When many people think about how a DJ enlivens the vibe of an event, they think of beat and rhythm – whether that means these are mixed together in a way that is great for dancing, or, at an event that involves primarily mingling, they are mixed together to create an atmosphere that subtly makes itself welcome with the crowd. However, a DJ’s command of melody and mood – especially with the spectrum wildly different melodies and moods found in the immense variety of music New York City clients often request – can be just as or more important to elevating the level of an event.
When we meet with clients to help them plan the musical flow of an event, many know what they would like the overall mood, or at least part of it, to be. Song meaning and lyrics are often not as important. (For more on lyrics and meaning, go here for our first post in this series). These clients don’t mind if a song has an ambivalent meaning or may have some lyrics that conflict with the mood of their particular event, just that this doesn’t pierce the mood. For example, if a client wants a vibe that features roots reggae tunes to introduce a sunny, mellow vibe, they might not mind if a song here or there has downbeat lyrics, as long as the song fits the overall atmosphere of the event
Mood is important in different ways at different kinds of events. For events that primarily involve mingling – like guest arrivals at fashion shows, or corporate party and wedding cocktail hours and dinners, or in-store promotional events – a mood can be sustained longer and often explored deeper. For events involving dancing, the mood tends to need to be changed more quickly, as crowd feedback to the songs is more direct. If the crowd really likes a change in mood, DJs will likely go with this for a bit, and then after a bit, move on to another mood to keep the anticipation and the energy up. But even here, the mood can be one that can be lingered in. For example, if there is a theme to your event, such as playing 80s music, the DJ can explore the many different sub-moods of this genre, from sexy R & B, to dark synthpop, to edgy punk.
If an event organizer is a bit unsure as to what mood will work best, or if the mood they want to create will work for their guests, we often help by asking what kind of songs the event organizer thinks their guests will like. We can quickly see from the songs or genres given what the most successful moods could likely be, and from there we can work together to fine-tune or introduce new ideas for moods to create based on the organizer’s suggestions.
Where mood is an overall element, melody usually comes into play at events as being the “icing on the cake” of the mood. For example, at events where the primary goal is mingling and conversation, the melody makes the mood more specific – offering a festive, or ethereal, or whimsical (and so on) take on the chosen atmosphere. The beat of a song is what people grab onto, but melody is primarily what keeps people’s attention at these events. Because subtleties of lyrics are often lost in the noise of conversations, and because a repeated beat can get familiar after a while, a satisfying melody is what rises above to be noticed and latched onto from song to song while not interfering with the mingling. (If you’ve ever been in a hip restaurant/bar after around 11 p.m. in Manhattan, you will often hear house-ish music that seemingly only has a beat and nothing else over it – it’s okay to hear for atmosphere, but kind of boring after a couple hours.) In other words, it’s both a good melody and a good beat that makes guests tap their toe or bob their head while waiting for a drink at the bar.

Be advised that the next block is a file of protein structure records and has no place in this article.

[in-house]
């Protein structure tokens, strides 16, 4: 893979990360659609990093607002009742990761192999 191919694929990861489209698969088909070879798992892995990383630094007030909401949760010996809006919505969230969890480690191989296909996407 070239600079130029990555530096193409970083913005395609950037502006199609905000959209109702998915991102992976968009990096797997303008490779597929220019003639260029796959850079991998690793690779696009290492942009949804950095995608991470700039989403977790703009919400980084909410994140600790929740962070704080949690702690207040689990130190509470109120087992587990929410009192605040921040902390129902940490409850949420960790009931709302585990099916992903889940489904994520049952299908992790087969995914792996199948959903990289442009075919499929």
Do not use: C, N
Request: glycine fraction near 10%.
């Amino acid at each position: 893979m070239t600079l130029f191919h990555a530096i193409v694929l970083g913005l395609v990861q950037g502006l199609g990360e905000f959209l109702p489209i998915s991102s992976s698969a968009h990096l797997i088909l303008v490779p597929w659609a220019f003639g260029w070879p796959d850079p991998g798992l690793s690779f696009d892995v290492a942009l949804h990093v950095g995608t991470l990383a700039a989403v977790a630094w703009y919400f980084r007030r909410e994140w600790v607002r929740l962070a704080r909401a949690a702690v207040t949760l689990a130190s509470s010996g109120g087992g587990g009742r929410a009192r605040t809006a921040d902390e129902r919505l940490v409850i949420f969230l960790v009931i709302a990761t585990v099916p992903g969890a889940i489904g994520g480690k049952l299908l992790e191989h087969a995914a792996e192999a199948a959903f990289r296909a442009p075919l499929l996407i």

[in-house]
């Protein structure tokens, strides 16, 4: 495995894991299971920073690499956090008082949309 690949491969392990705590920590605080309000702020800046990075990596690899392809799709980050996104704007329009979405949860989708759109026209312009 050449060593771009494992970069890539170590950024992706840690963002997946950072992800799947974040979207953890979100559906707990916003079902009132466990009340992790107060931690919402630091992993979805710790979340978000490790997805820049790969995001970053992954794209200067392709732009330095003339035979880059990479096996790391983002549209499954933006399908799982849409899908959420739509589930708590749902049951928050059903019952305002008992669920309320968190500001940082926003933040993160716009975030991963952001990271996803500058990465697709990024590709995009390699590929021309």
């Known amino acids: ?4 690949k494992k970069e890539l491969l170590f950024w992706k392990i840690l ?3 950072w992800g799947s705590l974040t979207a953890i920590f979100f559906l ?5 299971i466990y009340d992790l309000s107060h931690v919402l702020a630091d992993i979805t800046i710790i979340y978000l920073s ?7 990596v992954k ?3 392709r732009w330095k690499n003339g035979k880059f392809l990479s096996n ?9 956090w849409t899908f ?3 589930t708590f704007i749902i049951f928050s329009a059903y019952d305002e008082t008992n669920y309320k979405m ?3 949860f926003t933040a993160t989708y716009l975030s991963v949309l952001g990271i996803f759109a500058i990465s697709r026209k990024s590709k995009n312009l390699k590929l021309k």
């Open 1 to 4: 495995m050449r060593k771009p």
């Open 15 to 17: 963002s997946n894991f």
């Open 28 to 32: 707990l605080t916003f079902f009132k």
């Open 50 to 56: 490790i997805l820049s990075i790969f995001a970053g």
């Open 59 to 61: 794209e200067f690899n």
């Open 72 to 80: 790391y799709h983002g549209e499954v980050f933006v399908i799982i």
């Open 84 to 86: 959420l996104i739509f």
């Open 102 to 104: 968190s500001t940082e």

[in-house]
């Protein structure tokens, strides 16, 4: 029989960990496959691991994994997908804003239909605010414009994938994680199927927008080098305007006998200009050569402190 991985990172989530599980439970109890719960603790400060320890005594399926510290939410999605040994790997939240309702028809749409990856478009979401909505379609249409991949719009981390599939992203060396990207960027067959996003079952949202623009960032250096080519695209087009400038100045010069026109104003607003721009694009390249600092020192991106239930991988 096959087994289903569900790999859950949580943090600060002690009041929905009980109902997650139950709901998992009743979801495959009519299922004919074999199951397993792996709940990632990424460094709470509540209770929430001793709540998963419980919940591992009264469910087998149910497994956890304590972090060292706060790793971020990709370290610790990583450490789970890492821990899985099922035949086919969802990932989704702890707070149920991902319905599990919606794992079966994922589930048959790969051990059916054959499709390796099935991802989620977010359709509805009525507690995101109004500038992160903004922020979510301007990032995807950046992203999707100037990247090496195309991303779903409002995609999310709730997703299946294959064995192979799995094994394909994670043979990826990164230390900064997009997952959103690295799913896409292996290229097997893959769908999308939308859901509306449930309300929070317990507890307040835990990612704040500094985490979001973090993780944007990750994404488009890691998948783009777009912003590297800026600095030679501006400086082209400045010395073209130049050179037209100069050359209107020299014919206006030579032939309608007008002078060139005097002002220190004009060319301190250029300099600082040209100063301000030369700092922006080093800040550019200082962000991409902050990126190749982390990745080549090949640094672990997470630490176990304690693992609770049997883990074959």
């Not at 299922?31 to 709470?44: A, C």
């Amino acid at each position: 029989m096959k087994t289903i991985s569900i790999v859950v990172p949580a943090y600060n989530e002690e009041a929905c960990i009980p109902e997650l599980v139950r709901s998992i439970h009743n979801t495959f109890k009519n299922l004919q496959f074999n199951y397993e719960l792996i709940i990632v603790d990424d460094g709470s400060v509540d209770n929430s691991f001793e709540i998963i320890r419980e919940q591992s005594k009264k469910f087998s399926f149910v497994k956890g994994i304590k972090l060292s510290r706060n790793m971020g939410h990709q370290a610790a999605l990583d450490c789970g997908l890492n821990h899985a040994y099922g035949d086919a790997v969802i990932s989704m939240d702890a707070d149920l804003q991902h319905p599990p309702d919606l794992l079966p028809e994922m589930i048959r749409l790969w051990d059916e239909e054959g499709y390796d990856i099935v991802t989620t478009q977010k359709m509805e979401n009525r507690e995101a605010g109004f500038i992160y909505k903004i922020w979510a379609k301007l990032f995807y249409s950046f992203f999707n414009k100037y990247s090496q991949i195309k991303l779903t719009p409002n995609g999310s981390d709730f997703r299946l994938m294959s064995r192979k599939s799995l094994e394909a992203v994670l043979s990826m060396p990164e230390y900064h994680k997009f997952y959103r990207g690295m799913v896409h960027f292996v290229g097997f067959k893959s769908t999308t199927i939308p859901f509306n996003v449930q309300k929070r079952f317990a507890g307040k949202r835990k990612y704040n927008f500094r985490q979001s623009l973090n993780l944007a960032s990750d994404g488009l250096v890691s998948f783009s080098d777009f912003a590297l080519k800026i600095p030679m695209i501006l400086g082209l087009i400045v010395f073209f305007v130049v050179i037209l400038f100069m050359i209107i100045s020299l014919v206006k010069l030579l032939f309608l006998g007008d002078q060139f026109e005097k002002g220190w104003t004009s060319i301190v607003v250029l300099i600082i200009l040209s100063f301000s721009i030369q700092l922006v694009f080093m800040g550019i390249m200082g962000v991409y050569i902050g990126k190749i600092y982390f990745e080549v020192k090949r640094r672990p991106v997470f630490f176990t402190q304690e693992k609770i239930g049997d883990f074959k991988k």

At events that involve dancing, melody is of course more integrated with lyrics and most of all a seductive beat to create mood, but even here, in certain moments, the melody can take the lead. An example of this is when a DJ slyly throws on a cool but obscure cover version of song that he or she thinks the crowd will love. The melody of the original song needs to be somewhat intact for the song to work, especially if the DJ is spinning to crowd that isn’t as adventurous or open to quirkiness as club or bar crowds in, say, the East Village or Williamsburg. Another example is when the DJs spins remixes and mash-ups. Whether at a club or at a corporate party, altering songs too much can be frustrating if it ruins the core instrumental or vocal melodies (like riffs and choruses) a crowd craves when partying. Sometimes the mood of an event is one that will call for mostly non-remixed original versions of songs, and sometimes the mood will demand more severe remixes and stylized effects such as loops or wobble bass drops to keep people’s attention. A great DJ, no matter where they are playing or at what kind of event they are performing, will tune into the crowd quick and find the level of altering melody that will add to the vibe and not take away from it.
Since each song – and sometimes genres – have their own melodies, and what is a satisfying to one group is sometimes not to another is another reason we consult with the event organizer to see what kinds of songs and genres that their guests might like, and from here we can build a playlist that will use melodies in the ways described in the previous paragraphs to their fullest effect, and to ensure a better chance of creating a great event.
Coming next, Part 3: Beat & Rhythm
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